Net zero transition ‘requires jigsaw of technologies’

The UK's first 6MW / 10MWh grid-scale battery in Leighton Buzzard, England, completed in 2014 to trial the multi-application use of energy storage on electricity networks. Image: UK Power Networks.

The UK’s move to net zero emissions will require a reinforced distribution network and a varied mix of energy storage technologies to make the most of low-cost renewables generation.

Participants in today’s keynote panel discussion at the Energy Storage Summit 2021 explored the challenges and opportunities confronting the sector in the face of carbon neutrality targets, which will require innovation and investment to make a range of storage technologies commercially viable.

“There’s going to be a jigsaw of lots of different technologies coming together,” said Chloe Lianos, energy storage innovation lead at the UK’s Department for Business, Energy and Industrial Strategy (BEIS), who added that it is a challenge to predict the right mix because of uncertainties surrounding how sectors such as heat will decarbonise.

“We do need to keep in mind as well that the requirement for disruptive storage technologies, a different mix of technologies will also depend on the generation mix and the amount of shorter-term flexibility if we are thinking about longer-term flexibility.”

With regards to storage reliability, cost reduction and decarbonisation, Lianos pointed to findings from the UK’s recently published energy white paper which suggests that flexible technologies such as storage, demand side response and interconnection could unlock savings of up to £12 billion (US$16.9 billion) per year by 2050.

“We can see it is that cost reduction focus from an achieving net zero perspective that is helping drive this mix of technologies come to commercialisation,” she said.

The white paper predicts that by mid-century, clean hydrogen and long-duration storage will satisfy the UK’s need for peaking capacity and “ensure security of supply at low cost”.

Alex Buckman, practice manager of networks and energy storage at technology and innovation centre Energy Systems Catapult, said long-duration storage could be provided through heat networks with thermal storage, hydrogen and gas storage, however the latter would require “highly efficient carbon capture and storage infrastructure”. Responding to an audience question about whether long-duration storage is just a pipe dream, he said “it can’t be”.

"We do need long duration storage. And so the question is, how do we do it? You could look towards something like hydrogen storage, or you could look towards gas storage, as long as you've highly efficient CCS infrastructure, or you could look towards heat networks with thermal storage that can be seasonal. And so there's many different ways you can find long duration storage, not just through a lot of batteries, for example."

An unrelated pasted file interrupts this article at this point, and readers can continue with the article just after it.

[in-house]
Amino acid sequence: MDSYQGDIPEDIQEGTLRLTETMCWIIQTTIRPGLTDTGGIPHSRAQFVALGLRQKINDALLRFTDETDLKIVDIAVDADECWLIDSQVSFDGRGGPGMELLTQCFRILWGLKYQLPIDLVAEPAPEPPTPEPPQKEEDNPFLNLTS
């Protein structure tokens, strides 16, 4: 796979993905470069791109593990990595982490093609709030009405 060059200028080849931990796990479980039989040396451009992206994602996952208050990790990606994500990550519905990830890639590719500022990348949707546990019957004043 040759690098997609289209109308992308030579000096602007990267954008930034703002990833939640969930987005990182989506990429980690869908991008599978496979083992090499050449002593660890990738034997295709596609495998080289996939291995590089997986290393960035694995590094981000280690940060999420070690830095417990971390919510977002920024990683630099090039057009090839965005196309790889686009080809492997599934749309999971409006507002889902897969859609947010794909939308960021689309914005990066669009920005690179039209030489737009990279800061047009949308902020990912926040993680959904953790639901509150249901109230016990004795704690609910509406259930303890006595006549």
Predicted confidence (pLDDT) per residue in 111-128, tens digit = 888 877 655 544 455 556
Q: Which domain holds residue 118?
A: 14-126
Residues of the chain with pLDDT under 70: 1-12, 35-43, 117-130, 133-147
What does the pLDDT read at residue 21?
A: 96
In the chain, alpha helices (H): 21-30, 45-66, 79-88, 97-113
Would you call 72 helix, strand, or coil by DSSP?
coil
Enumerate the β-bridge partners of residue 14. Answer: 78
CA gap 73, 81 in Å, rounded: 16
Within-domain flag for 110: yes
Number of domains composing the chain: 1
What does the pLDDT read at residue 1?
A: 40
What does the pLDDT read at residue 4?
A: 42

Buckman said that for short-duration storage there is “going to be a really high amount of batteries that will be required", adding: “Lithium-ion are the front runners at the moment, but there are innovations in batteries that might be competitive. I don't think it's too much of a surprise to say that batteries are pretty crucial as well.”

The panel also noted that future energy systems will need reinforced infrastructure for electricity, gas and heat networks. Charles Wood, head of new energy services and heat at trade association Energy UK, said an upgrade of the distribution network represents “an opportunity rather than a barrier”.

“The current distribution system, it is not fit for the future of the energy system, but that is to be expected,” he said. Wood added that the increased amount of data availability in terms of what is happening on the network and what assets are capable of, as well as the digitisation of the system to make sure there is an ability to call on resources as quickly as possible “will enable further decentralisation, the further democratisation of energy, as those sources of energy and storage become further dispersed across the UK”.

While acknowledging the effectiveness of providing public funding for energy storage research and development projects, Wood said this policy is ultimately to stimulate private investment in the sector. “We don't want to be in 2050 and still have to subsidise all these technologies, because we simply can't afford it, but the private sector can,” he said. “Private investment needs to be unlocked, needs to be funnelled into these technologies and innovation works to get that funding to come to the UK.”

The Energy Storage Summit 2021 continues on 2, 3 March while all previous sessions are available to view on-demand for attendees. See the website for more details

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